Trump now backs marijuana 'states rights' bill, senator says

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Uber expands privacy settlement with FTC Pompeo pressed on plans for cybersecurity at State McConnell urges GOP senators to call Trump about tariffs MORE (R-Colo.) said on Friday that President TrumpDonald John TrumpTrump: I'd only rejoin Pacific trade pact if deal was "substantially better" GOP unveils mock cover of Comey book with "ego" attack NY Daily News cover hits Trump over Comey book revelations MORE has assured him that he will support legislation that would protect against federal interference in state marijuana laws.

Other marijuana supporters were wary given the president's record of reversing positions and pledges of legislative support. "This reckless plan will not go unanswered". "I'm a states particular person, it must be as a lot because the states, utterly", he suggested a television interviewer in Colorado that 12 months. Congressman Jared Polis, who introduced a bill in March 2017 to de-schedule marijuana as a federally illegal substance, worked with Gardner and state representatives Ed Perlmutter and Diana DeGette to create a spending-bill amendment to restrict the DOJ from interfering with Colorado's legal pot industry.

Erik Altieri, executive director of the National Organization for the Reform of Marijuana Laws, said Sessions' hiring did not reflect Trump's promise to protect state's rights.

When Trump selected Sessions, a former federal prosecutor and US senator from Alabama, as his attorney general, marijuana supporters girded for a crackdown.

Sen. Cory Gardner was encouraged by Trump's announcement.

In retaliation, Gardner used his vitality as a senator to forestall consideration of any nominees for the Division of Justice - a uncommon step for a senator to utilize in opposition to an administration run by one different member of his event.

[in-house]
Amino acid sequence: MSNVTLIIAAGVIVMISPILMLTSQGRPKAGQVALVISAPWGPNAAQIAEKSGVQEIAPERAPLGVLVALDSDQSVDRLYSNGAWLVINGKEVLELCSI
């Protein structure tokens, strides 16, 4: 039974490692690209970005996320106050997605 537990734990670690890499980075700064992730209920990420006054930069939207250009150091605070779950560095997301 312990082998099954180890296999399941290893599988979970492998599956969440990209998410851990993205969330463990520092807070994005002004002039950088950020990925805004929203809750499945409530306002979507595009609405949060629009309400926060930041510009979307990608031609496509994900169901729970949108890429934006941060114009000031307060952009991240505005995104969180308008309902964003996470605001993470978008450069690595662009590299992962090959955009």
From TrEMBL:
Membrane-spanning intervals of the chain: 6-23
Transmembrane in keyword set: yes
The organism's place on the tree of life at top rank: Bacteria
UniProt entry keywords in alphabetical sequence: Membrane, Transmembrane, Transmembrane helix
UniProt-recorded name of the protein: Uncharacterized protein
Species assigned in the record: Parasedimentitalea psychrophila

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Gardner said he is already set to unfreeze some of Trump's nominees. On Friday, he said he was fully releasing his holds on Department of Justice nominations.

The president has frequently criticized Sessions, particularly over his decision to recuse himself from oversight of the federal investigation into potential collusion between Trump's 2016 presidential campaign and Russian Federation.

Thirty states have enacted statutes regulating the use of marijuana for medical purposes.

It may be modeled on a 2014 budget amendment that prevented the Department of Justice from spending money to enforce federal laws against marijuana users and businesses in states that legalized the drug and were following all applicable state laws. Replacements of any of those officials would require new nominations.

Gardner and the Department of Justice have been in discussions for months to get the holds lifted. Sessions and also Deputy Attorney General Rod Rosenstein, the official supervising the Russian Federation probe that has been the aim of the ire of Trump has been met with by Gardner.

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